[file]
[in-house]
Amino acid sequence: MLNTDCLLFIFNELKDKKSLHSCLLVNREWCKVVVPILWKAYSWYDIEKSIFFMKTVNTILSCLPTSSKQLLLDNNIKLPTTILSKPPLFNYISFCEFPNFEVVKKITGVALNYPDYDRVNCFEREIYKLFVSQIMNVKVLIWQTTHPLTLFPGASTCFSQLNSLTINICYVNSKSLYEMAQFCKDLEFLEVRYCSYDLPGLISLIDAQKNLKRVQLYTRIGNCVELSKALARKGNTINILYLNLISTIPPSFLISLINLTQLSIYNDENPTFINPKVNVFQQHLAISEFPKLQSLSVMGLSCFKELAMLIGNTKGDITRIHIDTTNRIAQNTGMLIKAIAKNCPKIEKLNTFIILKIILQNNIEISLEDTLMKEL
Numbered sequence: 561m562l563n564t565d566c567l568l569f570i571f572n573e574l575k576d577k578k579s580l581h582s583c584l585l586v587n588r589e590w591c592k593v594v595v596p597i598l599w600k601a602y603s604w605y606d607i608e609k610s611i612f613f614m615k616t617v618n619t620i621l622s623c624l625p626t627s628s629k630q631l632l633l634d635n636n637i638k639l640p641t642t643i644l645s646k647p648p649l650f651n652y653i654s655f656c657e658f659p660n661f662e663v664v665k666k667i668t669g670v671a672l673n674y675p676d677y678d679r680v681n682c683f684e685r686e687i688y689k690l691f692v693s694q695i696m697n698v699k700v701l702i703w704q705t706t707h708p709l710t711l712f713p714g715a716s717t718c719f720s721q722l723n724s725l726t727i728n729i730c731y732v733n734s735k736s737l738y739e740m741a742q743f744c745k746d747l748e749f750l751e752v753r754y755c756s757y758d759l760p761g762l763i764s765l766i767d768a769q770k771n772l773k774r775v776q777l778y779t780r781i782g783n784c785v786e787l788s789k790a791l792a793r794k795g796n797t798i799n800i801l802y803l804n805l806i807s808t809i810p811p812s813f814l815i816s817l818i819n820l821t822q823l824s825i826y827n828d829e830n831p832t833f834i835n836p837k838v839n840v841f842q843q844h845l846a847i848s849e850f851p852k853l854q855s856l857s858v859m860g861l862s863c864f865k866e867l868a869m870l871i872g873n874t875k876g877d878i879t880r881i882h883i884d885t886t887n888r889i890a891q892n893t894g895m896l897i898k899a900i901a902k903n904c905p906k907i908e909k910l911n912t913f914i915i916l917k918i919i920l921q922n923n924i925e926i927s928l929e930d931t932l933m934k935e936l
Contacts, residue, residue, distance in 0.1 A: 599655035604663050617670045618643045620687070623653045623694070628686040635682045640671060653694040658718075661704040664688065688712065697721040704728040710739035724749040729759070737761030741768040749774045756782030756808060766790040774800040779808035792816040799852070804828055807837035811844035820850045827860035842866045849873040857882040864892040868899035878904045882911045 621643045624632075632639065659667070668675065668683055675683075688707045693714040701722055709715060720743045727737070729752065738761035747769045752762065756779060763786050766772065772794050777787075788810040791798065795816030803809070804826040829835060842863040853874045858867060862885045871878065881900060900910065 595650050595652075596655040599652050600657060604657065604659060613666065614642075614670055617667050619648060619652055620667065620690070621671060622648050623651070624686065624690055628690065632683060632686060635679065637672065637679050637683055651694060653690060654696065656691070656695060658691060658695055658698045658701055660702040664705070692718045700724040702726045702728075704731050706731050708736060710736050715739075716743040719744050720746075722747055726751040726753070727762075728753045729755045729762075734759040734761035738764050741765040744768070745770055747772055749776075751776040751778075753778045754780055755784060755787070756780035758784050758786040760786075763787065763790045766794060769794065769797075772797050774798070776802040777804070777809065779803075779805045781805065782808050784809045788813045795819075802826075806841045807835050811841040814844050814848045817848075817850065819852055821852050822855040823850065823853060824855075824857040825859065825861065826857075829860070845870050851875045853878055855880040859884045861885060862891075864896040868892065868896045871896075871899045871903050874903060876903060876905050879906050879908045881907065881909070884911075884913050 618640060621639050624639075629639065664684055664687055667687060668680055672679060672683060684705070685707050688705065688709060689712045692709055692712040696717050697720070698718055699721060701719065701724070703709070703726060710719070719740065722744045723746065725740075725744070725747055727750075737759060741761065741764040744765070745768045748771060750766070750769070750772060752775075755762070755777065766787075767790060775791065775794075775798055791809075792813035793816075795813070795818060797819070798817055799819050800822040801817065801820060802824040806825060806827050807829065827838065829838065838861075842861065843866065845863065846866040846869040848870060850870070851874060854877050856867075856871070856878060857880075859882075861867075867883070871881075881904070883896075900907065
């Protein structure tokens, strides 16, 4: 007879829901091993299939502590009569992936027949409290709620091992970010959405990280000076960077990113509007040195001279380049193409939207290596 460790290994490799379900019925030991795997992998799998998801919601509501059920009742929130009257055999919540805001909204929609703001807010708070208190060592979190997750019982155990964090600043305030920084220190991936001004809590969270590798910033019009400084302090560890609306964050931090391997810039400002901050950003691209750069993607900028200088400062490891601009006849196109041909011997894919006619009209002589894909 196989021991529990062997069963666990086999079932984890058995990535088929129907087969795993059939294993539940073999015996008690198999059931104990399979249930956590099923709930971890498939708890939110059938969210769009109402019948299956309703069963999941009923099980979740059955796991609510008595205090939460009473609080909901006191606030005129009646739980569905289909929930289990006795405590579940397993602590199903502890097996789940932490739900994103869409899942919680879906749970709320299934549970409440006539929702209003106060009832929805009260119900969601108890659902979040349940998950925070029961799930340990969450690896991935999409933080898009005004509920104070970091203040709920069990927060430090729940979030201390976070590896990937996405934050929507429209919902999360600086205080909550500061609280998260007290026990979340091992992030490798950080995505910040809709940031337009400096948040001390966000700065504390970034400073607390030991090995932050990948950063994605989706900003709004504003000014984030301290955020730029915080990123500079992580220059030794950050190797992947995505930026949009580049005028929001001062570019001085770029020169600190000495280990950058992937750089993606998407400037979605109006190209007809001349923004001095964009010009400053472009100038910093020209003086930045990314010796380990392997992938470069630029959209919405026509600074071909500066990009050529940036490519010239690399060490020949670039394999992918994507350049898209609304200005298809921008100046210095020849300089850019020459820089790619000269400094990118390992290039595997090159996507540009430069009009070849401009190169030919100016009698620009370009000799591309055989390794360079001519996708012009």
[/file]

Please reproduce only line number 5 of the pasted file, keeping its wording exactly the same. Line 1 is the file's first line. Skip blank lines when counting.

């Protein structure tokens, strides 16, 4: 007879829901091993299939502590009569992936027949409290709620091992970010959405990280000076960077990113509007040195001279380049193409939207290596 460790290994490799379900019925030991795997992998799998998801919601509501059920009742929130009257055999919540805001909204929609703001807010708070208190060592979190997750019982155990964090600043305030920084220190991936001004809590969270590798910033019009400084302090560890609306964050931090391997810039400002901050950003691209750069993607900028200088400062490891601009006849196109041909011997894919006619009209002589894909 196989021991529990062997069963666990086999079932984890058995990535088929129907087969795993059939294993539940073999015996008690198999059931104990399979249930956590099923709930971890498939708890939110059938969210769009109402019948299956309703069963999941009923099980979740059955796991609510008595205090939460009473609080909901006191606030005129009646739980569905289909929930289990006795405590579940397993602590199903502890097996789940932490739900994103869409899942919680879906749970709320299934549970409440006539929702209003106060009832929805009260119900969601108890659902979040349940998950925070029961799930340990969450690896991935999409933080898009005004509920104070970091203040709920069990927060430090729940979030201390976070590896990937996405934050929507429209919902999360600086205080909550500061609280998260007290026990979340091992992030490798950080995505910040809709940031337009400096948040001390966000700065504390970034400073607390030991090995932050990948950063994605989706900003709004504003000014984030301290955020730029915080990123500079992580220059030794950050190797992947995505930026949009580049005028929001001062570019001085770029020169600190000495280990950058992937750089993606998407400037979605109006190209007809001349923004001095964009010009400053472009100038910093020209003086930045990314010796380990392997992938470069630029959209919405026509600074071909500066990009050529940036490519010239690399060490020949670039394999992918994507350049898209609304200005298809921008100046210095020849300089850019020459820089790619000269400094990118390992290039595997090159996507540009430069009009070849401009190169030919100016009698620009370009000799591309055989390794360079001519996708012009």